All it took was a brief text conversation with a friend about how he planned to keep the quarantine weight off for the algorithm to find me. In an hour, my Instagram feed filled up with ads featuring indistinguishable influencers selling weight-loss juices, estrogen-suppressing health bars and militarized yoga routines. The one ad I saw most frequently was for an app that guided the user through an “intermittent fasting” program. A cheap, animated graphic showed a translucent, genitalia-free body emptying itself of some evil-looking red liquid like it was an hourglass dropping sand. The fast was simple enough: You have an eight-hour window to eat every day. For the remaining 16, you fast and only drink water. If I adhered to this, I would become a new and better man. I’d burn fat, increase my ability to focus and have more energy. I’d also slow down my aging process, prevent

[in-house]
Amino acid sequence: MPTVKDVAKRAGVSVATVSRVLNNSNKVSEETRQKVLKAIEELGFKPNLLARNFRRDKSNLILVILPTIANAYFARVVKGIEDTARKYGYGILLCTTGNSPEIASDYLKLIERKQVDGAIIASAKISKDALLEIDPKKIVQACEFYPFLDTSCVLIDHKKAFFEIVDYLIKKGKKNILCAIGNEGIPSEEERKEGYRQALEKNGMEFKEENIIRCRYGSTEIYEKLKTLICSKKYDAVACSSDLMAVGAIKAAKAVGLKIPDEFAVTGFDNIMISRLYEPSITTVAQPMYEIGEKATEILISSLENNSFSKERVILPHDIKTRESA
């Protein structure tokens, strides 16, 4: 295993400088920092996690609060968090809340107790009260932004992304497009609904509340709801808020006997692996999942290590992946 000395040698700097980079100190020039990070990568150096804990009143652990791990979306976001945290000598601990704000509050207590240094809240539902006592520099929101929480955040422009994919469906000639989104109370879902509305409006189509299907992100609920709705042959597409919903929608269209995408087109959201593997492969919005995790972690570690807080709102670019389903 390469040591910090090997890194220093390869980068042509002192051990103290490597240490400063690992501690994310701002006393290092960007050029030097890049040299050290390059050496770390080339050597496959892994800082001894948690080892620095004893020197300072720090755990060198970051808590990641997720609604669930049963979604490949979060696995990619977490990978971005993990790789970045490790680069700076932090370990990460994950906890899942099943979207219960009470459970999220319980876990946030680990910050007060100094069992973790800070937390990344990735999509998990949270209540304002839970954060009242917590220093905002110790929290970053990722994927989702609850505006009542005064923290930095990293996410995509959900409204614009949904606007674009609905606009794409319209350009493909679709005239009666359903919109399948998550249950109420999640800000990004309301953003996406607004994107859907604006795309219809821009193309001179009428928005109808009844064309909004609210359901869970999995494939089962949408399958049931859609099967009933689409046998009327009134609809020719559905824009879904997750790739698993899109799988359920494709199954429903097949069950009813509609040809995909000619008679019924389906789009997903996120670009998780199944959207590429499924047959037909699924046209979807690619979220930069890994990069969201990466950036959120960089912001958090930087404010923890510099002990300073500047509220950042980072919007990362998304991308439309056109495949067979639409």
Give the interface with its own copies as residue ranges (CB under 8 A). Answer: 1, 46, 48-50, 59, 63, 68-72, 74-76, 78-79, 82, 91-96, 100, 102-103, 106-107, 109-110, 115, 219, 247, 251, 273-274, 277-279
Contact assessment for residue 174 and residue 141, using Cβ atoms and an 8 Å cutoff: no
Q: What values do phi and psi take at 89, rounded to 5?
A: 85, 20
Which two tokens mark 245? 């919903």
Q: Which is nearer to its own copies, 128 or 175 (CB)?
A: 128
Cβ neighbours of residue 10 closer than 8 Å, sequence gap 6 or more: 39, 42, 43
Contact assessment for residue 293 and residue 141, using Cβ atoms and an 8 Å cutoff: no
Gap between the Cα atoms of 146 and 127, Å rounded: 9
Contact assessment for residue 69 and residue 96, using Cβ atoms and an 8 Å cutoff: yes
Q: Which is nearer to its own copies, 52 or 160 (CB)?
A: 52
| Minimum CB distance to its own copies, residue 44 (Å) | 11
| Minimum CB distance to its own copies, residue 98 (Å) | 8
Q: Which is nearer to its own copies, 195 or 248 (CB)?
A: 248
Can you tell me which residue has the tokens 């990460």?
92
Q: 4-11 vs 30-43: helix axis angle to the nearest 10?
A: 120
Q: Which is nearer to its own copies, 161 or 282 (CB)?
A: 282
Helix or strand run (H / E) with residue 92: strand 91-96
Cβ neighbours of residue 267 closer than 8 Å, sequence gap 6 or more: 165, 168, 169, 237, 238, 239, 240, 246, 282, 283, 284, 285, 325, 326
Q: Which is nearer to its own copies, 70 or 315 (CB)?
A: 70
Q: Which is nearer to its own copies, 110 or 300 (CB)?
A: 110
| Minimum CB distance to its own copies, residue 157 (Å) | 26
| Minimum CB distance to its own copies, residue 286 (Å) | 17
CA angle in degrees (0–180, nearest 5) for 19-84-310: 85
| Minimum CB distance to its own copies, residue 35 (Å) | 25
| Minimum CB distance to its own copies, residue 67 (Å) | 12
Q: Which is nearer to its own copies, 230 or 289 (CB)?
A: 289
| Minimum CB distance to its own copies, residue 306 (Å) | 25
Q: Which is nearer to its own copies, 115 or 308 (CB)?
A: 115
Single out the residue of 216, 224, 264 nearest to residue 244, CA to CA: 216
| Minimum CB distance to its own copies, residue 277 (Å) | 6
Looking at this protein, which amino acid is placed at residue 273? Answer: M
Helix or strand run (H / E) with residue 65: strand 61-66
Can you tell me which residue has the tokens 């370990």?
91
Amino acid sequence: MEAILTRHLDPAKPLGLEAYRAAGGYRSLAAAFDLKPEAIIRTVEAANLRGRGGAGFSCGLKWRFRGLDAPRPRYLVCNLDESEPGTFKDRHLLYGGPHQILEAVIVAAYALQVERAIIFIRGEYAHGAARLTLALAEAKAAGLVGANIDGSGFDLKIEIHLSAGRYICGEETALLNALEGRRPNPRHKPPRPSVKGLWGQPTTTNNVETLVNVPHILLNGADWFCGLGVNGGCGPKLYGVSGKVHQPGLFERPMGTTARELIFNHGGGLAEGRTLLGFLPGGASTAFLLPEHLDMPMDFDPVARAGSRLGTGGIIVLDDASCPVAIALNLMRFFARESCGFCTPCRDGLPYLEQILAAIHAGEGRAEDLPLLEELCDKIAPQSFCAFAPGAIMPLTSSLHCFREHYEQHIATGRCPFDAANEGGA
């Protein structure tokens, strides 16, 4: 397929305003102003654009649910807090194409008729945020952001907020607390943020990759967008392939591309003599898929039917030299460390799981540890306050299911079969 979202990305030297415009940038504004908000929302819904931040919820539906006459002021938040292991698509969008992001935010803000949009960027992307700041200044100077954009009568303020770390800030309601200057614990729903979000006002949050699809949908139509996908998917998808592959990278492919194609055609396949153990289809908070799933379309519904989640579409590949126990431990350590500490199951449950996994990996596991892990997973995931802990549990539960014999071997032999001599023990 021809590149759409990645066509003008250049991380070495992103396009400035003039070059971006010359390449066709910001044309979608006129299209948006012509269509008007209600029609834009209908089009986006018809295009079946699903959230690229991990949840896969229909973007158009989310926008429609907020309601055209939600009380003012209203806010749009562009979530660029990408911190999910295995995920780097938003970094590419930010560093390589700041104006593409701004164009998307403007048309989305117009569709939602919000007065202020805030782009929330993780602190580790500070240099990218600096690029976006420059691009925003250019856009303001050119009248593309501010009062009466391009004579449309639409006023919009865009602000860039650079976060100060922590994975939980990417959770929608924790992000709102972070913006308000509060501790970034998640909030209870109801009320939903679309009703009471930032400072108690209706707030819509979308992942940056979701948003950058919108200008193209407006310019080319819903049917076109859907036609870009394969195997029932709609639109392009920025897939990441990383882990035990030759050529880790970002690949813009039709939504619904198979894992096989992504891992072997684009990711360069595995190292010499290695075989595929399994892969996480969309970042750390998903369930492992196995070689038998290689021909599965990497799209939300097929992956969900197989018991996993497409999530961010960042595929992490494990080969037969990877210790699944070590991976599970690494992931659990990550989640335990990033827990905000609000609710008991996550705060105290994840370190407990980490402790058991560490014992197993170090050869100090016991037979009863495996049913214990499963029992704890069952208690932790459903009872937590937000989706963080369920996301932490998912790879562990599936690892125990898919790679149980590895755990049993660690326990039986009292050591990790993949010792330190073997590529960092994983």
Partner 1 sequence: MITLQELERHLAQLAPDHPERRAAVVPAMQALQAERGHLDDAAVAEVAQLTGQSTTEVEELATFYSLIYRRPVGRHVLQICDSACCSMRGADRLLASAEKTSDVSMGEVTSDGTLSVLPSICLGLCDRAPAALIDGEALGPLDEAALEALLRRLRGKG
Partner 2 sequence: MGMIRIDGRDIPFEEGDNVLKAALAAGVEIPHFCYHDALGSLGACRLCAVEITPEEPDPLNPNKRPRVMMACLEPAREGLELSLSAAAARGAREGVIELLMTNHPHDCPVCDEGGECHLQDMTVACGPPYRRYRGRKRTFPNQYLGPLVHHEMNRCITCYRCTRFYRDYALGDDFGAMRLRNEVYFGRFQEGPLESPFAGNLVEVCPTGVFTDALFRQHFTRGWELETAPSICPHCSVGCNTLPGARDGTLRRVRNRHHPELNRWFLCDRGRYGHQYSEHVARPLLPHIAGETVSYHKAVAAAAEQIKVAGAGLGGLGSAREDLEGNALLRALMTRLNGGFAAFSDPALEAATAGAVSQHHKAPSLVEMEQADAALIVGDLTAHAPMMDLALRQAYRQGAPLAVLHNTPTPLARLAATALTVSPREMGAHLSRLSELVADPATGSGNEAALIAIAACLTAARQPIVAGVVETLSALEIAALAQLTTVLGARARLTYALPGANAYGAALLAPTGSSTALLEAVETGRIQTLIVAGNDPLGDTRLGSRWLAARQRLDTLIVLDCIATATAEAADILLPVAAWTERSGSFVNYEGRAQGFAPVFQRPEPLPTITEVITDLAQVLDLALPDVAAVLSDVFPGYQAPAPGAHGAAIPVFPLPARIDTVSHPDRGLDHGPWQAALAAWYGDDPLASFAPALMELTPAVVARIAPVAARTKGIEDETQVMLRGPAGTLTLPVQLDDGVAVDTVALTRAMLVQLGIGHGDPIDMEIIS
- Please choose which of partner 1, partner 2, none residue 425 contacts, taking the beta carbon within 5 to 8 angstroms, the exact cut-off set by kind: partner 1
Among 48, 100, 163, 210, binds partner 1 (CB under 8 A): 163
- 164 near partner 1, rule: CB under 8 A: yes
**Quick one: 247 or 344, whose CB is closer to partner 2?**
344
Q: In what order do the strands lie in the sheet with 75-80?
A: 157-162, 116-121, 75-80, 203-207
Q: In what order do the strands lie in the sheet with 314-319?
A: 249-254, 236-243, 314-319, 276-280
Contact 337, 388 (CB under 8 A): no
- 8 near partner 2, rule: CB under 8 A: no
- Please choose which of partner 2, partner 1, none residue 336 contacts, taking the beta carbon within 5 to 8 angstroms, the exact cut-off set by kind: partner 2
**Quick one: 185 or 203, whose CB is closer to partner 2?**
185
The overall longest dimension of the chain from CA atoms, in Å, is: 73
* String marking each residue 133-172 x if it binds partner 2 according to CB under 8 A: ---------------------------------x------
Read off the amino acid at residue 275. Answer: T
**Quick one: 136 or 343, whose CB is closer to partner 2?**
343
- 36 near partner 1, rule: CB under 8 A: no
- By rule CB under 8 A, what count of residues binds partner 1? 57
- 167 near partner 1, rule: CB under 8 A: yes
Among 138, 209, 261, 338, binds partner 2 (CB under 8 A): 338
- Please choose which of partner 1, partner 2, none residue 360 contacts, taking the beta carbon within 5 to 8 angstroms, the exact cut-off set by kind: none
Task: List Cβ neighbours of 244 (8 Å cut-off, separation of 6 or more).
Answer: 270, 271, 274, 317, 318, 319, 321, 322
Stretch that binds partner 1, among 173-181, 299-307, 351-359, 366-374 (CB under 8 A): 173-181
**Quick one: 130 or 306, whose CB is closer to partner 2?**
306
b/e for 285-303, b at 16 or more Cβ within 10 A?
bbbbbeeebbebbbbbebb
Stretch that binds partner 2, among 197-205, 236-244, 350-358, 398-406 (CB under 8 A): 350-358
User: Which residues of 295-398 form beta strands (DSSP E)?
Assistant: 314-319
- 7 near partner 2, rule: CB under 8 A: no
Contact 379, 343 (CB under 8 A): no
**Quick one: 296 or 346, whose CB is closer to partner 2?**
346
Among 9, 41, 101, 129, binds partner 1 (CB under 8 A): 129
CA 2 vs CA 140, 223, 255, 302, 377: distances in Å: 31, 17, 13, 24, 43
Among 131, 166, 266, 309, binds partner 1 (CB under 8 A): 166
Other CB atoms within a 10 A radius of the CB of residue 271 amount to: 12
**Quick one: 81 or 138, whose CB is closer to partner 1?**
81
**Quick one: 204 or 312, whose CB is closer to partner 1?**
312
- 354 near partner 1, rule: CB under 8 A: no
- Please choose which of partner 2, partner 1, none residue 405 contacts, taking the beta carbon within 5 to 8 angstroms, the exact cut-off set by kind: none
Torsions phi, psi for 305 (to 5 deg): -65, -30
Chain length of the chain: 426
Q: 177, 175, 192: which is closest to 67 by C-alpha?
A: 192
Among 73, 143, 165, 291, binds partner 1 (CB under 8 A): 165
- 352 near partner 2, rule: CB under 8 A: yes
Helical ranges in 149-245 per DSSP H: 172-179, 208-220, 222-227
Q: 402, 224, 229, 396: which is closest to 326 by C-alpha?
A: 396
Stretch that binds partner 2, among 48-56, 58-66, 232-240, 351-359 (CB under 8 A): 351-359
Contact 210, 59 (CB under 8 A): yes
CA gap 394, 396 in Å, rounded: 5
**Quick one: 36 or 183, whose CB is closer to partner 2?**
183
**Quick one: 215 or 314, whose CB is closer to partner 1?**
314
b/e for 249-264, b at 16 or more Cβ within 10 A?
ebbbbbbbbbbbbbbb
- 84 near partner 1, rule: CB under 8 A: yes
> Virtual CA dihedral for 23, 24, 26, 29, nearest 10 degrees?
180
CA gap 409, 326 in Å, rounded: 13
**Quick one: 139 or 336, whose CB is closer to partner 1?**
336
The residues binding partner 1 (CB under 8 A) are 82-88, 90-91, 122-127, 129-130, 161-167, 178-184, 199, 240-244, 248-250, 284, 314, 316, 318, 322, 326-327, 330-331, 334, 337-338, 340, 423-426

Aebok Morton, of Ludington, Michigan, earned her Bachelor of Science in nursing from Ohio University this year at age 50, amid a global pandemic. (For Spectrum Health Beat)
Morton proudly wears her Ohio University colors as a Class of 2020 graduate. (For Spectrum Health Beat)
Morton credits her success to the ample support she receives from her daughters, Melissa and Jessica, son, Jake, and husband, Steve. (For Spectrum Health Beat)
Morton with her children in 2014 during a pinning ceremony at West Shore Community College, where she earned her RN degree. (For Spectrum Health Beat)
Morton at West Shore Community College, where she earned her RN degree six years ago. (For Spectrum Health Beat)
Sugar. Just the thought of it tickles a happy place in our souls.
The sweet flavor dancing on the tongue. The rush of energy through our body. The boundless supply all around.
Then, after an indulgence of goodies, the dreaded thoughts of guilt start piling up.
How many empty calories was that? Why did I eat the whole thing? Why can’t I stop eating this junk? It’s not healthy for me. My blood sugars will skyrocket!
We have all been there. The temptations are all around.
But what is it about this tantalizing food that makes us want to eat so much of it, despite the fact we all know it does nothing good for our body?
Let’s first take a look at what processed food